Historical Articles

February, 1952 issue of Plating

Recovery of Chromic Acid from Plating Operations*

F. R. KELLER, Plant Manager; C. C. CUPPS Engineer; and R. E. SHAW, Plating Supervisor, Standard Steel Spring Company, Newton Falls, Ohio

*Presented at 24th Annual Meeting of the Federation of Sewage and Industrial Wastes Associations, Washington, D. C., October 8-11, 1951. Reprinted with permission Sewage and Industrial Wastes, February, 1952.

Many authors have pointed out that the design of an industrial waste-disposal plant starts with a reappraisal of plant layout and processes.

The present paper describes a case in point. At the Standard Steel Spring Company’s Newton Falls, Ohio plant, installation of a recovery system has already resulted in the reduction of 55 per cent in the amount of chromic acid lost by dragout. Not only has this materially reduced the load on the treatment plant and saves some $1,650 monthly on ferrous sulfate used for treatment; but has paid off in reduced chromic acid consumption at the rate of $2,500 monthly. The recovery system cost approximately $10,000 to install, and operating costs are about $500 per month. Even though the recovery plant has not been operating consistently at its designed efficiency, it had paid for itself three months after installation.

Not every chromium plating operation would yield such spectacular savings from a similar installation, but wherever dragout represents a substantial proportion of the chromic acid consumption, the situation will be very similar. It is suggested that many operators would be surprised if they were to calculate the amount of chromic acid corresponding to the chromium deposited during a month and compare this figure with actual chromic acid consumption.

At Newton Falls, where automobile bumpers are plated automatically, the dragout is quite heavy, owing to the cup formed at the bottom when a bumper is hung vertically. Each bumper carries with it from 1/4 to 1 pint (120-470 ml) of solution, which represents a considerable fraction of the daily usage of chromic acid. The following percentages represent the use of chromic acid with a double recovery tank before any further recovery system was installed:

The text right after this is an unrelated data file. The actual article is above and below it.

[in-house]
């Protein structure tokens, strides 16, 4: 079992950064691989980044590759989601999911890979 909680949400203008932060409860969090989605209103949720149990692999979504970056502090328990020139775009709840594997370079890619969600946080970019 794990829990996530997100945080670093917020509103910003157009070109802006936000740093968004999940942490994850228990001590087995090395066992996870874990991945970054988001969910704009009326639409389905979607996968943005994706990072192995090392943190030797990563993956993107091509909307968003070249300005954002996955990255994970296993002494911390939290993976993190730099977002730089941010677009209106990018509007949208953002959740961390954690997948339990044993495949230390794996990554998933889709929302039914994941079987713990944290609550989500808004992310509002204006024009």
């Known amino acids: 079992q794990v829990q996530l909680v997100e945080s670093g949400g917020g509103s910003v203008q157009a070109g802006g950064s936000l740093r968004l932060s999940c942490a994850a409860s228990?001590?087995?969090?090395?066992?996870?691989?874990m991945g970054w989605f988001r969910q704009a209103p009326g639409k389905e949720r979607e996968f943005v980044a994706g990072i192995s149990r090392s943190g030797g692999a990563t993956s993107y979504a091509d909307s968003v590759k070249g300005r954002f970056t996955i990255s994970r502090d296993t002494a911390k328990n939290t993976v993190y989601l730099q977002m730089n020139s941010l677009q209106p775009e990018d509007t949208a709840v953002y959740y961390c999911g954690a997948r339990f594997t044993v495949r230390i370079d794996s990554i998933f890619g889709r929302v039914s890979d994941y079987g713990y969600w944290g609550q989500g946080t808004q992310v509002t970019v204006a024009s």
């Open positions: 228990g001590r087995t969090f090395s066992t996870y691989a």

Chromic acid actually used to deposit chromium 5.7%
Miscellaneous losses including those in fume exhaust (estimated) 20.0%
Dragout 74.3%
Total 100.0%

Fig. 1. Flow sheet of recovery system showing designed flow rates and equilibrium concentration of chromic acid


The successful use of a recovery tank depends upon an appreciable quantity of the dragout liquor being returned to and used in the plating or process tank. Normally the only use for dragout liquors in a plating tank is to replace loss of solution by evaporation, because the dragin is equal to the dragout on the work being processed. Decorative-chromium plating tanks, however, are usually operated at 110-125° F, which results in very little evaporation.

To improve the operation of the recovery tanks at Newton Falls, the amount of solution continuously taken from these tanks was increased materially; first, by reducing the dragin to the plating tank and, second, by installing an evaporating unit to reduce the volume of the dragout solution before adding it to the plating tank.

The diagram of the installation (Fig. 1) shows the two rinses (tanks 4 and 5) preceding the plating tank and the three cold rinses (tanks 7, 8 and 9) and final hot rinse (tank 10) following it. This normal rinsing cycle has been altered as follows:

(1) Tank 4 is operated normally, i. e., full and overflowing to the sewer.
(2) Tank 5 is operated empty. Blow-off fixtures (Fig. 2) remove by a blast of air the bulk of water carried in the bumpers.
(3) Tank 7 is also operated empty. In it the bumpers are first rinsed by a spray, which is arranged, mechanically, to operate intermittently, i. e., when the carrier is in proper position. The diluted dragout now carried by the bars is then blown off by air jets as in tank 5.
(4) Tank 8 is operated full, but not overflowing. The sprays for tank 7 are fed from tank 8 by means of a small centrifugal pump, and only enough fresh water is added to tank 8 to replenish this spray water and the normal dragout. Thus the only portion of the chromic acid dragout which finds its way to waste is that dragged out of tank 8. The primary object then is to keep the concentration in this tank to a minimum.